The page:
On March 4th, Antigua & Barbuda’s Citizenship by Investment Unit (CIU) temporarily suspended the receipt of citizenship by investment program applications from Russians, Belarusians, and – notably – Ukrainians, citing an inability to carry out adequate due diligence in the countries in question.
Some four months later, on July 8th, Antigua & Barbuda re-opened for applicants from Russia and Belarus, though not for those from Ukraine, again citing an inability to conduct vetting in the war-ravaged country.
In a circular to stakeholders issued yesterday, however, the Antigua & Barbuda CIU advises that [emphasis ours]:
[…] effective 28th July 2022, the receipt and processing of applications from Russian and Belarusian nationals under the Citizenship by Investment Programme has been suspended, notwithstanding its previous policy decision as communicated in the Unit’s Memorandum dated 8th July 2022.”
The government remains committed to operating the Programme with the highest level of transparency and integrity while upholding its international obligations.
The ability to conduct investigations in Ukraine remains constrained. Therefore, until otherwise advised, the Unit remains unable to process applications from Ukrainian nationals.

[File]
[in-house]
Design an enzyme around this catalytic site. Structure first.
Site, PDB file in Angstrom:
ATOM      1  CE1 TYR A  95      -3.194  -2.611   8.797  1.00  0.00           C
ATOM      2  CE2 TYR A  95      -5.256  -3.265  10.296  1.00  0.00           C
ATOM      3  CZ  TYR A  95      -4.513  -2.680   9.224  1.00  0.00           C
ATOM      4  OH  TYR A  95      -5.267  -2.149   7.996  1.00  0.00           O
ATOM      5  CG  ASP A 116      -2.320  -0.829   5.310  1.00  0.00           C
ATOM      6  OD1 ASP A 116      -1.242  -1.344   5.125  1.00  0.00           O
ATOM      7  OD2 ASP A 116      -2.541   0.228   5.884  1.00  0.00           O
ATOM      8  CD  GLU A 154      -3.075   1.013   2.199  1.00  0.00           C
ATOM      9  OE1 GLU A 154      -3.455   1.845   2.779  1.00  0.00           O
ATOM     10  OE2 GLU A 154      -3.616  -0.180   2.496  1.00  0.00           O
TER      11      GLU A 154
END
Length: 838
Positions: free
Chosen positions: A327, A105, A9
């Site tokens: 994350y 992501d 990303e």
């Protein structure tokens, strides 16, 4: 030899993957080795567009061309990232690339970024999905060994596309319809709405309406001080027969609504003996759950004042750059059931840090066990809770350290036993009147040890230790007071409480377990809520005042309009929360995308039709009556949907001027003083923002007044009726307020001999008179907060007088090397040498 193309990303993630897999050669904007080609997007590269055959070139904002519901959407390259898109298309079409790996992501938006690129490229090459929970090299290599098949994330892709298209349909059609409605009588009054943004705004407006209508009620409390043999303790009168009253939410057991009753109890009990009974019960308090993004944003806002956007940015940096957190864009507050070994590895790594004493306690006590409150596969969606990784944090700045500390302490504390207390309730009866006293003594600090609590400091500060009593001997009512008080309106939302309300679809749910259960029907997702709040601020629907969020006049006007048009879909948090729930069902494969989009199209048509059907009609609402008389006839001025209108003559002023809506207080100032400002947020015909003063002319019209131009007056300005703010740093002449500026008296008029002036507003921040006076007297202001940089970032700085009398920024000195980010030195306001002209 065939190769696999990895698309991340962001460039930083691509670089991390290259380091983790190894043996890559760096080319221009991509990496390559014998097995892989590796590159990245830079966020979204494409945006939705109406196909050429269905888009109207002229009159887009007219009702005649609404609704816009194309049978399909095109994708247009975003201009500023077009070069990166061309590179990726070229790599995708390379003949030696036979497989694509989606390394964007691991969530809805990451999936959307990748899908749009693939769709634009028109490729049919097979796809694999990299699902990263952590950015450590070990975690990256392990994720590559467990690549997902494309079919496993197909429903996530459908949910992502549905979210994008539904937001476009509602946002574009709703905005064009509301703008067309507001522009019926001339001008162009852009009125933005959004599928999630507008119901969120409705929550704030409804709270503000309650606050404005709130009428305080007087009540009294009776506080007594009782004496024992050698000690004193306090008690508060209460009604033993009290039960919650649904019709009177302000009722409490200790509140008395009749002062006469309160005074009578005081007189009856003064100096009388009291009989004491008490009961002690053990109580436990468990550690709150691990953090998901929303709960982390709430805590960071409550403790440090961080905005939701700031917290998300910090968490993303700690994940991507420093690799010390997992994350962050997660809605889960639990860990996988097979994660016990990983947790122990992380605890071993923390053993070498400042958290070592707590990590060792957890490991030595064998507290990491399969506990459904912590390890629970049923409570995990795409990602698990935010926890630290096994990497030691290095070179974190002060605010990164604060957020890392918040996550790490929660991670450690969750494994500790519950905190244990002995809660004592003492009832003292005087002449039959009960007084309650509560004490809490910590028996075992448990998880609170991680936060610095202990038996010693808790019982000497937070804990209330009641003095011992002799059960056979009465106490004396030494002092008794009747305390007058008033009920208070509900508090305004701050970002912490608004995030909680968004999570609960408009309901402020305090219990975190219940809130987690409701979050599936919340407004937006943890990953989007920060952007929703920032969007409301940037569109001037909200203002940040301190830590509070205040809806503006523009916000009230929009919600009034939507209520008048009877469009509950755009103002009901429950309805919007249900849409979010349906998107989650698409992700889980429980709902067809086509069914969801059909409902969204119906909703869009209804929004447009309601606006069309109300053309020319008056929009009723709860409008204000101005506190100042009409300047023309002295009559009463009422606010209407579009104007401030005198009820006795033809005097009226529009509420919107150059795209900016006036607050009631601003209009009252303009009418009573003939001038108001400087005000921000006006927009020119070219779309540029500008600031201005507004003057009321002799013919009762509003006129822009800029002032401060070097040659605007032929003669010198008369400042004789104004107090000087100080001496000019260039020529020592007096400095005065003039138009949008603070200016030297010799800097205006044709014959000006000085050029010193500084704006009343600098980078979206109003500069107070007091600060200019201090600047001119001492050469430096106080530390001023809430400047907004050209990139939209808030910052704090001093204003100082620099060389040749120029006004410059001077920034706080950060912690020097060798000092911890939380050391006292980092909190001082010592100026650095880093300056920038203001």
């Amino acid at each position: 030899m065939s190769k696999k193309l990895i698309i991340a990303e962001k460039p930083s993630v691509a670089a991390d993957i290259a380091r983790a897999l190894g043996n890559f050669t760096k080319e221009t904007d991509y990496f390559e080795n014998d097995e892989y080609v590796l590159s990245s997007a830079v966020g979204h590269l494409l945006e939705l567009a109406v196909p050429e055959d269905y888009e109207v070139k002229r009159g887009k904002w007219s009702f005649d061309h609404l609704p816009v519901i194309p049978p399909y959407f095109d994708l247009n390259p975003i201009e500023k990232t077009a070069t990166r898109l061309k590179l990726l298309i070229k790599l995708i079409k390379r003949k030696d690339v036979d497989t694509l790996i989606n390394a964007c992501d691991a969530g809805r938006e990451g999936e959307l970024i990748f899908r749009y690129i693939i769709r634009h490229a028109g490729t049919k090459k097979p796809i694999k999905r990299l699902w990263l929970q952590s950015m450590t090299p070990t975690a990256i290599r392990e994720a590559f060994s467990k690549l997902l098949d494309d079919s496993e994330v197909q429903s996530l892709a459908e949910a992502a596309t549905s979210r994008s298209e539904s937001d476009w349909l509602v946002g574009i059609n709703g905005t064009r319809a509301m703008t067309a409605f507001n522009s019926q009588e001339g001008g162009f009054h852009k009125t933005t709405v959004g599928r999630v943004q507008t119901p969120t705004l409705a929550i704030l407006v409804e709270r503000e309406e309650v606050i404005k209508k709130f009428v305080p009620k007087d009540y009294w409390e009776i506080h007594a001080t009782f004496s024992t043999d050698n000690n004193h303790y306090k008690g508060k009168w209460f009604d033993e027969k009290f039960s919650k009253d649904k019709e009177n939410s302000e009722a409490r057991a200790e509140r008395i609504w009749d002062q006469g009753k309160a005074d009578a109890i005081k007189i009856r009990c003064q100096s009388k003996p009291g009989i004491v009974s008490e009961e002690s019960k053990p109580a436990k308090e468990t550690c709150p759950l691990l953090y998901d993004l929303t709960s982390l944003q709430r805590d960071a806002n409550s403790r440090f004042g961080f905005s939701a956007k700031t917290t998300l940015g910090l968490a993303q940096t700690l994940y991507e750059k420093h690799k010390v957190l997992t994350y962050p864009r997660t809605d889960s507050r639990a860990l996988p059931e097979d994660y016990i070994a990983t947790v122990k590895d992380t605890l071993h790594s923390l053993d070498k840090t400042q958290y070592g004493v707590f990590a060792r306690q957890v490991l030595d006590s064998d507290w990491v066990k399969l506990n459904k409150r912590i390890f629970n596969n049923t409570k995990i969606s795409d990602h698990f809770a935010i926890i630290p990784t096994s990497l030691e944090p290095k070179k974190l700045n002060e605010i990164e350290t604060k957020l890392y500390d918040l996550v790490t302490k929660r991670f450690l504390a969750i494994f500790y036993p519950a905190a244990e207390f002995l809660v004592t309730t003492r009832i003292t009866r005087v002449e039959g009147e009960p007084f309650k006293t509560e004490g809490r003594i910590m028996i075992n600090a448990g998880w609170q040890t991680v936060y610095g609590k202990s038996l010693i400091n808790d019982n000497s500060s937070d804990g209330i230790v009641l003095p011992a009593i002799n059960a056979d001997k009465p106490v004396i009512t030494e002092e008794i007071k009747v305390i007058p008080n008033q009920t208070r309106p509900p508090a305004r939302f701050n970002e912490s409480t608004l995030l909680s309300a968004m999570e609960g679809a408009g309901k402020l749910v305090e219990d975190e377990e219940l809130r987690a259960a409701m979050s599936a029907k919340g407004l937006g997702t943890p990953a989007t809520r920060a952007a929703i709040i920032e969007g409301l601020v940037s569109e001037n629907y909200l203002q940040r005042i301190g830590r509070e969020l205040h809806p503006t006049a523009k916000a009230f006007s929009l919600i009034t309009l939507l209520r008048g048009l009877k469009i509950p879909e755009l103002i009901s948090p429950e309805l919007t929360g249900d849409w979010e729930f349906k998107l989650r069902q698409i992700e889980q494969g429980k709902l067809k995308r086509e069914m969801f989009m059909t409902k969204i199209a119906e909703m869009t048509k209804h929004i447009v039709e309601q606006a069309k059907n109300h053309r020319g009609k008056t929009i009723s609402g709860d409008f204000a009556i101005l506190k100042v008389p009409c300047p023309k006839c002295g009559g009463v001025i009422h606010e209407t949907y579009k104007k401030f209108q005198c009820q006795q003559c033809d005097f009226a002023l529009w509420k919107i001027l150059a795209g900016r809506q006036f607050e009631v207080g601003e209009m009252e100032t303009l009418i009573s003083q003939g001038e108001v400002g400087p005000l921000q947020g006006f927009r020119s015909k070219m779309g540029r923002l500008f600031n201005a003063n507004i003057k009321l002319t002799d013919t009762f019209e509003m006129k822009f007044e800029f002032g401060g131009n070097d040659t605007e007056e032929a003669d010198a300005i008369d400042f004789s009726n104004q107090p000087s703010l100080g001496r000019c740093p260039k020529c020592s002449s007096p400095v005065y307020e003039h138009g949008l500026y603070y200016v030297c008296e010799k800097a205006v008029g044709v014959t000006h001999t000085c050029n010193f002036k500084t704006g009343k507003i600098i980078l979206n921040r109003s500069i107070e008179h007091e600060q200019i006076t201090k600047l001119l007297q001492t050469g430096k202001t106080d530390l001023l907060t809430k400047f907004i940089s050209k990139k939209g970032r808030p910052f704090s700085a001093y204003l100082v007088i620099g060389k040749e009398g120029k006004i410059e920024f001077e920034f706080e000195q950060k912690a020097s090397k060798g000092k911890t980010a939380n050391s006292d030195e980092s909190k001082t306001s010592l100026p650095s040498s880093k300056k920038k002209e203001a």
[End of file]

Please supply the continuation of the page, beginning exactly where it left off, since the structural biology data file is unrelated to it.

Antigua and Barbuda will continue to monitor the developments resulting from Russia’s invasion of Ukraine.
In brief, Russian and Belarusian applicants are now, once again, excluded from the program. Ukrainians also remain excluded, as they have been without interruption since March.
The CIU did not provide any explanation for why the policy would have retroactive effect going back to July 28th (the policy change was only published yesterday), nor which circumstances of the ongoing war in Eastern Europe have changed since its July 8th decision to motivate this most recent policy-reversal.
Note also that while the CIU points to its inability to carry out due diligence in Ukraine as its reason for suspending that country, it does not offer the same explanation (nor, indeed, any explanation) for its decision to suspend Russians and Belarusians. Whereas the exclusion of Ukrainians is prompted by practical limitations, the inclusion of the phrase “upholding its international obligations” intimate that political considerations may have informed the decision to suspend Russian and Belarusian applicants.
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